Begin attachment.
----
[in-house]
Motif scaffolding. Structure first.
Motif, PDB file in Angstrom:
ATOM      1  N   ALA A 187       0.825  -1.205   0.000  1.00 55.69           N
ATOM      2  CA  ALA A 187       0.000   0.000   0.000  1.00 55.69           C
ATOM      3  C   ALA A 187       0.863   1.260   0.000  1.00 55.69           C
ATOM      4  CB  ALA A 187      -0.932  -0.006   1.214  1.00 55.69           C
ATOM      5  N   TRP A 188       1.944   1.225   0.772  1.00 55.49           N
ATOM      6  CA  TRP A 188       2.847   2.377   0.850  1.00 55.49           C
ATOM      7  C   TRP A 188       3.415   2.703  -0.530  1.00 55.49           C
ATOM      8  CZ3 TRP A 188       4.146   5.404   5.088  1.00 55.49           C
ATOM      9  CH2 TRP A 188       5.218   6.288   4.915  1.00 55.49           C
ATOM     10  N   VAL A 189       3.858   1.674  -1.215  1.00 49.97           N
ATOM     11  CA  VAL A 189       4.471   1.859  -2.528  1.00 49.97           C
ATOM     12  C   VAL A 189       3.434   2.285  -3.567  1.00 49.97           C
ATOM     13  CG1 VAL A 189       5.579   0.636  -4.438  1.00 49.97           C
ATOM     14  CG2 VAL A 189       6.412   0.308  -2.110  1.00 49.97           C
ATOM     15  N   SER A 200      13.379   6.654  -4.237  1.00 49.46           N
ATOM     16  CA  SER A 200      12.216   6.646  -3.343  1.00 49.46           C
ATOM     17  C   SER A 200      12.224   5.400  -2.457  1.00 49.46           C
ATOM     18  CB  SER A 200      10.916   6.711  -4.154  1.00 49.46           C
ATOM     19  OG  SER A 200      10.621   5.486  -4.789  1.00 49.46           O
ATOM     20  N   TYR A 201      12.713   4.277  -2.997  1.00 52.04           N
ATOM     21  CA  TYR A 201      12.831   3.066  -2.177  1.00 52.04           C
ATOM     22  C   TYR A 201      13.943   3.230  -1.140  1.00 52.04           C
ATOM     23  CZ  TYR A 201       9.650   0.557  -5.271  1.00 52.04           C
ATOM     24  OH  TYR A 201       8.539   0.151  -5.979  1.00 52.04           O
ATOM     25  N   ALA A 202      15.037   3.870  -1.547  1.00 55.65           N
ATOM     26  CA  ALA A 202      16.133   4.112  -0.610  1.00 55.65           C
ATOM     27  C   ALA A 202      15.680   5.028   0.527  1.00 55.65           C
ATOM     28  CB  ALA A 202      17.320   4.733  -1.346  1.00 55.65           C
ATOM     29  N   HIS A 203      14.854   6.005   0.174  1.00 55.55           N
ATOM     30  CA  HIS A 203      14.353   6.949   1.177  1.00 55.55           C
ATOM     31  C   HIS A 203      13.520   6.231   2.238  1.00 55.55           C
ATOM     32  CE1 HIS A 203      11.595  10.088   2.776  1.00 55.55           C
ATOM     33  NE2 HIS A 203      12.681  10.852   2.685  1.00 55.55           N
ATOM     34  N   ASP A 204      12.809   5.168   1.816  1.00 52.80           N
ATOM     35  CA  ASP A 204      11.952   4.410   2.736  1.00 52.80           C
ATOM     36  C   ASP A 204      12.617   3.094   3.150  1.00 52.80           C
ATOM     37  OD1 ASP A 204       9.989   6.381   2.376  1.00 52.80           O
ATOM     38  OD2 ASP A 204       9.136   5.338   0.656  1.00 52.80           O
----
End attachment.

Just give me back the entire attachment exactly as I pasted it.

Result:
[in-house]
Motif scaffolding. Structure first.
Motif, PDB file in Angstrom:
ATOM      1  N   ALA A 187       0.825  -1.205   0.000  1.00 55.69           N
ATOM      2  CA  ALA A 187       0.000   0.000   0.000  1.00 55.69           C
ATOM      3  C   ALA A 187       0.863   1.260   0.000  1.00 55.69           C
ATOM      4  CB  ALA A 187      -0.932  -0.006   1.214  1.00 55.69           C
ATOM      5  N   TRP A 188       1.944   1.225   0.772  1.00 55.49           N
ATOM      6  CA  TRP A 188       2.847   2.377   0.850  1.00 55.49           C
ATOM      7  C   TRP A 188       3.415   2.703  -0.530  1.00 55.49           C
ATOM      8  CZ3 TRP A 188       4.146   5.404   5.088  1.00 55.49           C
ATOM      9  CH2 TRP A 188       5.218   6.288   4.915  1.00 55.49           C
ATOM     10  N   VAL A 189       3.858   1.674  -1.215  1.00 49.97           N
ATOM     11  CA  VAL A 189       4.471   1.859  -2.528  1.00 49.97           C
ATOM     12  C   VAL A 189       3.434   2.285  -3.567  1.00 49.97           C
ATOM     13  CG1 VAL A 189       5.579   0.636  -4.438  1.00 49.97           C
ATOM     14  CG2 VAL A 189       6.412   0.308  -2.110  1.00 49.97           C
ATOM     15  N   SER A 200      13.379   6.654  -4.237  1.00 49.46           N
ATOM     16  CA  SER A 200      12.216   6.646  -3.343  1.00 49.46           C
ATOM     17  C   SER A 200      12.224   5.400  -2.457  1.00 49.46           C
ATOM     18  CB  SER A 200      10.916   6.711  -4.154  1.00 49.46           C
ATOM     19  OG  SER A 200      10.621   5.486  -4.789  1.00 49.46           O
ATOM     20  N   TYR A 201      12.713   4.277  -2.997  1.00 52.04           N
ATOM     21  CA  TYR A 201      12.831   3.066  -2.177  1.00 52.04           C
ATOM     22  C   TYR A 201      13.943   3.230  -1.140  1.00 52.04           C
ATOM     23  CZ  TYR A 201       9.650   0.557  -5.271  1.00 52.04           C
ATOM     24  OH  TYR A 201       8.539   0.151  -5.979  1.00 52.04           O
ATOM     25  N   ALA A 202      15.037   3.870  -1.547  1.00 55.65           N
ATOM     26  CA  ALA A 202      16.133   4.112  -0.610  1.00 55.65           C
ATOM     27  C   ALA A 202      15.680   5.028   0.527  1.00 55.65           C
ATOM     28  CB  ALA A 202      17.320   4.733  -1.346  1.00 55.65           C
ATOM     29  N   HIS A 203      14.854   6.005   0.174  1.00 55.55           N
ATOM     30  CA  HIS A 203      14.353   6.949   1.177  1.00 55.55           C
ATOM     31  C   HIS A 203      13.520   6.231   2.238  1.00 55.55           C
ATOM     32  CE1 HIS A 203      11.595  10.088   2.776  1.00 55.55           C
ATOM     33  NE2 HIS A 203      12.681  10.852   2.685  1.00 55.55           N
ATOM     34  N   ASP A 204      12.809   5.168   1.816  1.00 52.80           N
ATOM     35  CA  ASP A 204      11.952   4.410   2.736  1.00 52.80           C
ATOM     36  C   ASP A 204      12.617   3.094   3.150  1.00 52.80           C
ATOM     37  OD1 ASP A 204       9.989   6.381   2.376  1.00 52.80           O
ATOM     38  OD2 ASP A 204       9.136   5.338   0.656  1.00 52.80           O